While traveling, I have experienced a bevy of different cultures and cooking styles which have allowed me to pick up some appetizing
recipes to delight my taste buds. The most significant of all delectable treats; Roman pizza! Every now and again my senses are tipped off by either a sound, smell, or sight that bring me right back to life in Rome. Today, it was a song by Luca DIriso, an Italian singer, which happened to make its way onto my Ipod via a random playlist. At a stop light it all came rushing back, I could feel the cool breeze rushing through the corridor and into my apartment. Luca’s voice belted out, “Ci vuole calma e sangue freddo, calma ya!”. It’s as if someone pulled the steering wheel to the left and I was on my way to the local Italian market rather than home. When I strolled through the front door I could hear the soft sounds of an Italian opera playing over the speakers and a few older Italian men speaking in native tongue with hand gestures accompanying the emotion of their conversation.
The ingredients in the sauce make or break the pizza. Most think that an Italian pizza sauce consists of a chemistry set worth of ingredients however this is contrary to the truth. 5 ingredients at most make the perfect sauce and measurements are the key. The 5 ingredients that are included are Italian
tomatoes (preferably San Marzano), fresh garlic, salt, pepper, and oregano. Some prefer to include a rich red wine or olive oil as well. I have been known to add a few dashes of red pepper flake for a bit of a kick, but that is usually topped on the pizza after cooking. The dough must absolutely be fresh. A frozen piece of dough tends to be more chewy and less airy with a crunch. I brush on a thin layer of olive oil and sprinkle flour on both sides. The cheese I use is fresh mozzarella in water.
Cooking method is crucial if you are in search of a smokey flavor. The Roman’s use a wood fire oven and there is positively nothing like it. For my cooking method, I used a charcoal grill and tossed on a piece of applewood. Any fruit bearing type of wood brings about a full body richness to the ingredients of the pizza. Once I had already started heating the grill and putting my ingredients together, I wondered how the pizza would not slip through the grate. I had a pizza stone, but I was a bit apprehensive to put a cold stone directly over an intense heat which would cause it to break. So, I preheated the oven with the stone inside up to 500 degrees fahrenheit. As soon as the grill was up to the proper heat of 475-500 degrees, I pulled the stone out of the oven with my fireproof grill gloves and transferred the stone onto the grill grate about 7 inches above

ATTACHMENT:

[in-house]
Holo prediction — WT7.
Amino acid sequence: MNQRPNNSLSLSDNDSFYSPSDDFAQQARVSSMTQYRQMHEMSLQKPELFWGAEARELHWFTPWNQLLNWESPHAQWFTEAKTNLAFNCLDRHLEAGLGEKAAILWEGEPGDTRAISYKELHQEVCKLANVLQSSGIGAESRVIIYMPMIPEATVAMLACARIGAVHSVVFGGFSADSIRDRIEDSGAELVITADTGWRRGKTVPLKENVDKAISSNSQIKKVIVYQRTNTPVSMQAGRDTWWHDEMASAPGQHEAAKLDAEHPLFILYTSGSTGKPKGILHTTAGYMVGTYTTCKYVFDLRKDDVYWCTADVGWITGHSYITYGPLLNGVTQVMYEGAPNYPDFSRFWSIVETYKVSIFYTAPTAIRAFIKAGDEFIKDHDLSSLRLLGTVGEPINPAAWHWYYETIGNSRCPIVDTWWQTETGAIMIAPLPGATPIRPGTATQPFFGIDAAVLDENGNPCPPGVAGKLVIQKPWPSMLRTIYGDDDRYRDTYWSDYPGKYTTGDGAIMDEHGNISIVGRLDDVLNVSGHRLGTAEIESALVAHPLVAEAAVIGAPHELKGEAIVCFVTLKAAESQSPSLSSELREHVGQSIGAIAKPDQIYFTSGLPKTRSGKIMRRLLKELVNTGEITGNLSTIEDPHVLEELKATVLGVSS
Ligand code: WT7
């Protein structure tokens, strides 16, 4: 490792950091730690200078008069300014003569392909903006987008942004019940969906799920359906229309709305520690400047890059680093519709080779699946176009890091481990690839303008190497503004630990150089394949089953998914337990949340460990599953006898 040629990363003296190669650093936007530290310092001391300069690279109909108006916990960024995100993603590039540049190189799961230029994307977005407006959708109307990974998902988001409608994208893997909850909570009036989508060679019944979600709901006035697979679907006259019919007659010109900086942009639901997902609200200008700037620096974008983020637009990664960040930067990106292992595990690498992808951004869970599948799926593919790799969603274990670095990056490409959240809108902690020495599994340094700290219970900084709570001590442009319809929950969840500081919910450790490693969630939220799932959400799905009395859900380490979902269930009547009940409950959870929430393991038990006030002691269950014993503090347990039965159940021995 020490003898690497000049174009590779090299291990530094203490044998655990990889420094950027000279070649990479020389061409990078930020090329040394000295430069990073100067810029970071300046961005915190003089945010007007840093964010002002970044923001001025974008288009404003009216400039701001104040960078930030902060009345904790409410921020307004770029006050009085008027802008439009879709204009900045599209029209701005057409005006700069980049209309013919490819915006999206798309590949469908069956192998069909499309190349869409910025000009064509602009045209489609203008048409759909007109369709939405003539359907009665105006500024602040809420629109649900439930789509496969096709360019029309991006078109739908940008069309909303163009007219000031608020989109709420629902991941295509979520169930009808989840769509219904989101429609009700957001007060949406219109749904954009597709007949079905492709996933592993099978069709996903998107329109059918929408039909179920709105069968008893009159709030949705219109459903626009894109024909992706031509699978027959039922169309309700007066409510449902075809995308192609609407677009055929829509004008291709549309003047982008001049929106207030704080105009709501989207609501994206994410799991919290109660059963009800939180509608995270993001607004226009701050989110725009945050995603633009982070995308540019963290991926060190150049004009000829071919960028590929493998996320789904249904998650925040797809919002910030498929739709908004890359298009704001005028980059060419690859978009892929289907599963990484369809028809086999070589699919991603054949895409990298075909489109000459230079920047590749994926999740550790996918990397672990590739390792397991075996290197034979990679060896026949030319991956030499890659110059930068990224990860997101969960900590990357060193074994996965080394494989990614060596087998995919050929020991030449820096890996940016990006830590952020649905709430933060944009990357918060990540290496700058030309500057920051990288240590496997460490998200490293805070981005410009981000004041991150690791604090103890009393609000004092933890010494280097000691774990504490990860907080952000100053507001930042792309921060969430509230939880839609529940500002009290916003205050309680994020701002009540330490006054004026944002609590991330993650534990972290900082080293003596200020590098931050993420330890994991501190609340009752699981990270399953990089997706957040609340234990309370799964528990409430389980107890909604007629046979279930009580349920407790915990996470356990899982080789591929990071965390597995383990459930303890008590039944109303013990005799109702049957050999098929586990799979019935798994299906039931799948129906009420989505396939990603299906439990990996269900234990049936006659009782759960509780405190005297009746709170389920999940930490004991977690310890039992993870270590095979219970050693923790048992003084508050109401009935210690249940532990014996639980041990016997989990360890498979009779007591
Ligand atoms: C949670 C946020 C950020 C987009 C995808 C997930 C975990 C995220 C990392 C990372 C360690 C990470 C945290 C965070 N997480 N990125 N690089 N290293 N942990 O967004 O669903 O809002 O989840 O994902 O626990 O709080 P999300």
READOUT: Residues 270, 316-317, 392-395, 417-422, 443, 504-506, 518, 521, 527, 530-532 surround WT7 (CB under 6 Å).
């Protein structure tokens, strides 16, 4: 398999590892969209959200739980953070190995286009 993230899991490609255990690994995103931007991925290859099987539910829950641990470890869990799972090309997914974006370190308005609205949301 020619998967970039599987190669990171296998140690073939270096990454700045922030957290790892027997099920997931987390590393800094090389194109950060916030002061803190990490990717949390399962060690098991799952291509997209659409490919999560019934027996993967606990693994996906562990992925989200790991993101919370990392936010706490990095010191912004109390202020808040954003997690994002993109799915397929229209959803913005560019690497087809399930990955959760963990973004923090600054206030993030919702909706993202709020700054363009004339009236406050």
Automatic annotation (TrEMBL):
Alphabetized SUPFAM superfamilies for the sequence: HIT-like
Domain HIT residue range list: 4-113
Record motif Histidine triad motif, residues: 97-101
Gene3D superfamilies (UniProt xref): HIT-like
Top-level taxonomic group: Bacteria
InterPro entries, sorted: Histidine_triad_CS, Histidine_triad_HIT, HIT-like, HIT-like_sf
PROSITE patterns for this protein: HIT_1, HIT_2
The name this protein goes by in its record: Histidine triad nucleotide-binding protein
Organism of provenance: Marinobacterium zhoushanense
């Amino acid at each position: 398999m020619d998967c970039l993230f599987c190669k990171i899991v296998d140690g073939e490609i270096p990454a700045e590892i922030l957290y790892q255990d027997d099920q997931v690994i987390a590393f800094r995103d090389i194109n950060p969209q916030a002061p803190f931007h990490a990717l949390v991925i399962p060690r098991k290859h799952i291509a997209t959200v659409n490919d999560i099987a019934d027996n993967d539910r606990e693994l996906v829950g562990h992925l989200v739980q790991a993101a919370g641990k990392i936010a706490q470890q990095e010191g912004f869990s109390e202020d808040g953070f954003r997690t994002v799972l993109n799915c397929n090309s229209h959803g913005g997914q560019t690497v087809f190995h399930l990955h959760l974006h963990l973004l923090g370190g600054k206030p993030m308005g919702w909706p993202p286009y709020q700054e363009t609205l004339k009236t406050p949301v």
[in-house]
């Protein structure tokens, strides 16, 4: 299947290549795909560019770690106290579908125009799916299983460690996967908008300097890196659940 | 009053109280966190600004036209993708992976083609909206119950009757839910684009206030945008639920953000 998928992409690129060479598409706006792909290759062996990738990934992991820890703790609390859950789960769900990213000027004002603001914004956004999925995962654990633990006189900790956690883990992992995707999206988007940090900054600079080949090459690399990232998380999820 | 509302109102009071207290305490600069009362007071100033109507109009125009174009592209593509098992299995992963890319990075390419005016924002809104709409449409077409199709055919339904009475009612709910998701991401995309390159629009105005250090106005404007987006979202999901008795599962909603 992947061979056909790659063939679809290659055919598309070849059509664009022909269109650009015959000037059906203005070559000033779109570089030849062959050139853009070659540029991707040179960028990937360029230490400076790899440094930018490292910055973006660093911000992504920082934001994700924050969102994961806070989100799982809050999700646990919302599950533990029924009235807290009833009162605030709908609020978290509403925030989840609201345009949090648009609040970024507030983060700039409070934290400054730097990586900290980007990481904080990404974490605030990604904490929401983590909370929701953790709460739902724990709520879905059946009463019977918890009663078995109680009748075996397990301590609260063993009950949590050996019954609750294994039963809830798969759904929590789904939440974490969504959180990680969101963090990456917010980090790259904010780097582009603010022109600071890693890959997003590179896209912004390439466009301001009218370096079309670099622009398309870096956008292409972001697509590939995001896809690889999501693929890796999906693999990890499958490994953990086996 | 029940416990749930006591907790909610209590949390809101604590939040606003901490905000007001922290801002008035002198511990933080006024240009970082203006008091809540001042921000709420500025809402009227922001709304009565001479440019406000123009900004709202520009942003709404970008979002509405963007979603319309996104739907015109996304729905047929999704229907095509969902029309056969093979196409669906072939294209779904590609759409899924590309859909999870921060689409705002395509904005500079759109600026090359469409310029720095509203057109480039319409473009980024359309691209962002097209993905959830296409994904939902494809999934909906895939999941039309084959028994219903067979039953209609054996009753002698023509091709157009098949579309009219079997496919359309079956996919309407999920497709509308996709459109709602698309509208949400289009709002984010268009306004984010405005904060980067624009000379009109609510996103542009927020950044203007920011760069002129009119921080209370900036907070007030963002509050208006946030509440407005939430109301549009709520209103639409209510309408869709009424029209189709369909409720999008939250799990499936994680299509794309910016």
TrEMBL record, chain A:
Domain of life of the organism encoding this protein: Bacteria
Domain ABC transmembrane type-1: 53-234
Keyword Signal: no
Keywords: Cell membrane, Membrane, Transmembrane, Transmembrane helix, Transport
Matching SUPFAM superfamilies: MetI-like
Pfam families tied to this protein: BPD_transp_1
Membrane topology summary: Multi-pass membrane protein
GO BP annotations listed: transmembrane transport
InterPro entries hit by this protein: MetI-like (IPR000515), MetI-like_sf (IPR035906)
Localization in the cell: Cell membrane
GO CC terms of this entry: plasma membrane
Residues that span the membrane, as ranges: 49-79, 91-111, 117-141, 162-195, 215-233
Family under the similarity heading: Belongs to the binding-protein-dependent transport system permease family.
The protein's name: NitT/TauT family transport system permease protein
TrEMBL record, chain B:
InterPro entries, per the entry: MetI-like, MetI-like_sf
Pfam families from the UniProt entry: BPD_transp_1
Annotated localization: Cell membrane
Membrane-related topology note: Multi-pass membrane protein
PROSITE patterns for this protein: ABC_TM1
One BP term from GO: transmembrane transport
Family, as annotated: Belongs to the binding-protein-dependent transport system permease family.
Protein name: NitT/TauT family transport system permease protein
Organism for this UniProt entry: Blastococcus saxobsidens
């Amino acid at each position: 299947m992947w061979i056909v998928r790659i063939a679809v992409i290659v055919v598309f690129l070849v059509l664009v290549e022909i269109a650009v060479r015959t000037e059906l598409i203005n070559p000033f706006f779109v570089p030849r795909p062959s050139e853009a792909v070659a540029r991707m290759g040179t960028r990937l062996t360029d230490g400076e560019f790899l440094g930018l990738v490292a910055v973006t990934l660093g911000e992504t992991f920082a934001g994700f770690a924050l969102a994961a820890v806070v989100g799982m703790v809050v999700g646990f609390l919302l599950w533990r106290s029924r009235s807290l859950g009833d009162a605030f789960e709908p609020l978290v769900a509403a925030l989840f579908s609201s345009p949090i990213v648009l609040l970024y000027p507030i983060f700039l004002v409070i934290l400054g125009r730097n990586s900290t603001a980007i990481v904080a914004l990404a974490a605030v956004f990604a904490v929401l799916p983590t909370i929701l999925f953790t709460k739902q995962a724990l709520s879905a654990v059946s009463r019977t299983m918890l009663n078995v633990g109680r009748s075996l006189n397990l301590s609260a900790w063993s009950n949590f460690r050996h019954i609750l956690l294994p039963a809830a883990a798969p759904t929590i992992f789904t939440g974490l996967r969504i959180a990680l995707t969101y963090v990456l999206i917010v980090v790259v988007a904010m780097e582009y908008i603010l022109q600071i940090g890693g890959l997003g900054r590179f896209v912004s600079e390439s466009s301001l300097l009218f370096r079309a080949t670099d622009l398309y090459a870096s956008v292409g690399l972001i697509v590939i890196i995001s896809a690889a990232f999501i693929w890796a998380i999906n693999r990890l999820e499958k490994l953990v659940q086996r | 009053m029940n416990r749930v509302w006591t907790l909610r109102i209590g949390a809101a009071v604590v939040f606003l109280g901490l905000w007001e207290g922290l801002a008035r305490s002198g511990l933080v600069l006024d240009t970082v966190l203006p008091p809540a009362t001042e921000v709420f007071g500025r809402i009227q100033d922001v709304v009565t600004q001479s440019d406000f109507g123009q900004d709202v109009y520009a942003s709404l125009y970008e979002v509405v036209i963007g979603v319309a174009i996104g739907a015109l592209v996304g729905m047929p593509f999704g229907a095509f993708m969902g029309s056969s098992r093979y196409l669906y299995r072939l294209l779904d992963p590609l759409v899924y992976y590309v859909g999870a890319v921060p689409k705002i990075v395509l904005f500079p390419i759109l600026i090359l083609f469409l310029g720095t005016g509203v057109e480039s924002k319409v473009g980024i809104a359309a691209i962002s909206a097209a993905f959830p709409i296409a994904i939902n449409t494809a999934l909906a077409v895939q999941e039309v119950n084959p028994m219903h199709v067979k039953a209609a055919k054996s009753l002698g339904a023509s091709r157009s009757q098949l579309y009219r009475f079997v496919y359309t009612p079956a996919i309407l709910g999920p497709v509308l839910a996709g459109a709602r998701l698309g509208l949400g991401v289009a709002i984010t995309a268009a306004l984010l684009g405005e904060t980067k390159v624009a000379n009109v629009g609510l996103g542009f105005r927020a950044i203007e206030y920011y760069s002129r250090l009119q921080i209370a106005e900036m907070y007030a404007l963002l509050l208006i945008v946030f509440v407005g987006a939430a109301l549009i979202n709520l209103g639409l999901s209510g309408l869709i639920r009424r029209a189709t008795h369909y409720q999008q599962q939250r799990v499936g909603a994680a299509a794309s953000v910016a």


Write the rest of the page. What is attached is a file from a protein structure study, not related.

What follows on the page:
the coals. I put the cover on and let the stone rest on the grate for about 10 minutes in order to ensure no breaks or cracks would occur.
I then sprinkled corn meal onto the pizza stone to prevent the dough from sticking and I slid the pizza onto the stone. I could already hear the sizzle and it was music to my ears! The Italian song was playing again in my head and I was back in Rome! Be sure to keep checking the pizza every 5 minutes and try to rotate it in order to ensure even cooking. During the last 5 minutes of cooking, I put the grill top on and closed the smoke release in order to really saturate in that wood smoke flavor into the pizza.
After removing the pizza from the stone and onto a cookie sheet, I let it cool for about 5 minutes and then cut it. The pizza cutter crunched into the crust and I could see the fatty oil running from the salami. Most people prefer wine or beer with their pizza, but for me nothing is better than an ice cold coca cola.
This may infuriate a few Italian food purists, however I should be pardoned since I am born and raised in Atlanta; Coca Cola headquarters. So, just sit back, throw on an Italian song by Luca Diriso, bite into your grilled pizza, and relax with a smile.